In engineering, cells are a product, manufactured and cultivated; as such, they need quality checks like any other product coming to market. Bioreactor technologies are used to culture cells in a controlled manner, helping to produce quality treatments and therapies. Gomillion and other CMaT researchers are working to answer the question: How do we create more efficient, reliable cells that can be used for cell therapy and other purposes? These cells can then be used for regenerating tissues such as bone, which is work also being performed in the Gomillion lab and supported by a grant from the Musculoskeletal Transplant Foundation.
Growing a diverse lab
Her efforts to advance scientific discovery cannot be separated from her commitment to training the next generation of biomedical engineers. A dedicated mentor, Gomillion devotes countless hours to her students. Someone once commented to her that her lab looked “different” from other labs, meaning more diverse. “That stuck with me,” she said. “If my lab can look different, why can’t other labs look different, too?”
In 2020, she received a National Science Foundation grant to study the success behind diversity in graduate engineering research labs. With support from UGA’s Engineering Education Transformation Institute and other mentors, Gomillion will look at specific research microcultures where underrepresented students do well, asking how and why diversity has taken hold in those locations.
Long term, she hopes to direct future STEM research toward expanding minority participation in graduate engineering programs. STEM departments and scientists need to be putting their own culture under the microscope, not just cell cultures, according to Gomillion. They need to be asking about equity, opportunity and inclusion in the lab setting and the entrepreneurial environment.
Gomillion’s own students have demonstrated a resilience and perseverance that she admires. They have navigated a national movement calling for racial justice as well as the ongoing pandemic. The lab had to shut down entirely for part of 2020; while it’s now back up and running, supply issues continue to plague the team. Some of Gomillion’s students contracted COVID-19, and she came down with the virus, as well. Together, they found ways to push ahead and keep the research going.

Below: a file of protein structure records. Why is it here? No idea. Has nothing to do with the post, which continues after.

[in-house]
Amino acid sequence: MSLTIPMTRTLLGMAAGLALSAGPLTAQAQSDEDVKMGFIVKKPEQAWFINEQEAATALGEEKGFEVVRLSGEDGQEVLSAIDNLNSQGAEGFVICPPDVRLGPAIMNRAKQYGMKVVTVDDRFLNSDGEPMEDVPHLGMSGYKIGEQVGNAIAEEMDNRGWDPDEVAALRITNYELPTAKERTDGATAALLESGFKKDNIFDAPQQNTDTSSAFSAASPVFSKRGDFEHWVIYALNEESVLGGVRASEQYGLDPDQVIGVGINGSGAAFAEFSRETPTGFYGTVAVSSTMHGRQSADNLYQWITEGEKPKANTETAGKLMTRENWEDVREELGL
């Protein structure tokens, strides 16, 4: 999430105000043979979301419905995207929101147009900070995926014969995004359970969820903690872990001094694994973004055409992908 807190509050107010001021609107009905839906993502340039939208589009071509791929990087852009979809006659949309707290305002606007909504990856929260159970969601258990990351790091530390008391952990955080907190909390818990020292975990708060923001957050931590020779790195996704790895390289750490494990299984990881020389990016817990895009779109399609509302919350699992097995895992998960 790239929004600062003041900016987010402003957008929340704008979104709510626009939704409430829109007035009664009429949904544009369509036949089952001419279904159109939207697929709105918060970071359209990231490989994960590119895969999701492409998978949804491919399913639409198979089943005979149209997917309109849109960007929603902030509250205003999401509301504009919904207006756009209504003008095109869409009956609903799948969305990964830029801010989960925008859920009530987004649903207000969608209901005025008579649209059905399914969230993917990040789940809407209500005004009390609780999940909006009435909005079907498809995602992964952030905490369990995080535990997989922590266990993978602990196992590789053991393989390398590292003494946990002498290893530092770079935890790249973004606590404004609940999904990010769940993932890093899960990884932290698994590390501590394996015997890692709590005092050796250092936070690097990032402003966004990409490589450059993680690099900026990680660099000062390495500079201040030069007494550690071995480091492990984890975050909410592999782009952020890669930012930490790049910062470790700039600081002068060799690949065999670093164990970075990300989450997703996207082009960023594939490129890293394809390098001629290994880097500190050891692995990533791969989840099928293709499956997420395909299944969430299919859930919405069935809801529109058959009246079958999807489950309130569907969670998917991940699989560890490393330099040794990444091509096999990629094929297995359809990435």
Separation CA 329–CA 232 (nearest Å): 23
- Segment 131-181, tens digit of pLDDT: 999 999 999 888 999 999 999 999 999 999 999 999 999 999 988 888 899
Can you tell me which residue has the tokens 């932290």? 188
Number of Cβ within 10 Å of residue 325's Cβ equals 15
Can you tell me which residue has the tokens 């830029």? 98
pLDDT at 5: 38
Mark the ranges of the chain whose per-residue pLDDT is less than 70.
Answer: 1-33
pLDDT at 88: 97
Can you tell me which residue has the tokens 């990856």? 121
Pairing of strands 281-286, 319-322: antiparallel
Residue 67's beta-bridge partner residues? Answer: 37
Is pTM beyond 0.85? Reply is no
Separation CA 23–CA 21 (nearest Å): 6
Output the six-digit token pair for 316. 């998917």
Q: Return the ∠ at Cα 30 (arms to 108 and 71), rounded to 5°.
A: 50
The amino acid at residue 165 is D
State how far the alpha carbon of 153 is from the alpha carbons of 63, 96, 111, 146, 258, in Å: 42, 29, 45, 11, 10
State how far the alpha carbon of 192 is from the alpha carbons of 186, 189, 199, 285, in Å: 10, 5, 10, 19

“Everyone needs something as an individual,” Gomillion says. “But collectively, as a group, we have to keep moving forward, even with disruption. Cells are living things; you have to feed and care for them to thrive, much like is needed for students.”
The most rewarding moments of her UGA career so far are the times she’s watched her students succeed and find their place in the world. Gomillion’s graduates are moving on to doctoral and medical school programs, engineering jobs and notable industry placements. One student who questioned her readiness recently applied for her dream position, with Gomillion’s encouragement. She landed the job and now is working in a co-op position at a lab at Bristol Myers Squibb, applying the skills learned from her UGA coursework and in Gomillion’s lab.
“Those moments remind me why I’m here,” Gomillion said. “At the end of the day, this work is relational. I tell my students to stay open to possibilities and opportunities. Things build on each other. You never know where a conversation might take you.”
It’s a vocation that goes well beyond what’s under the microscope.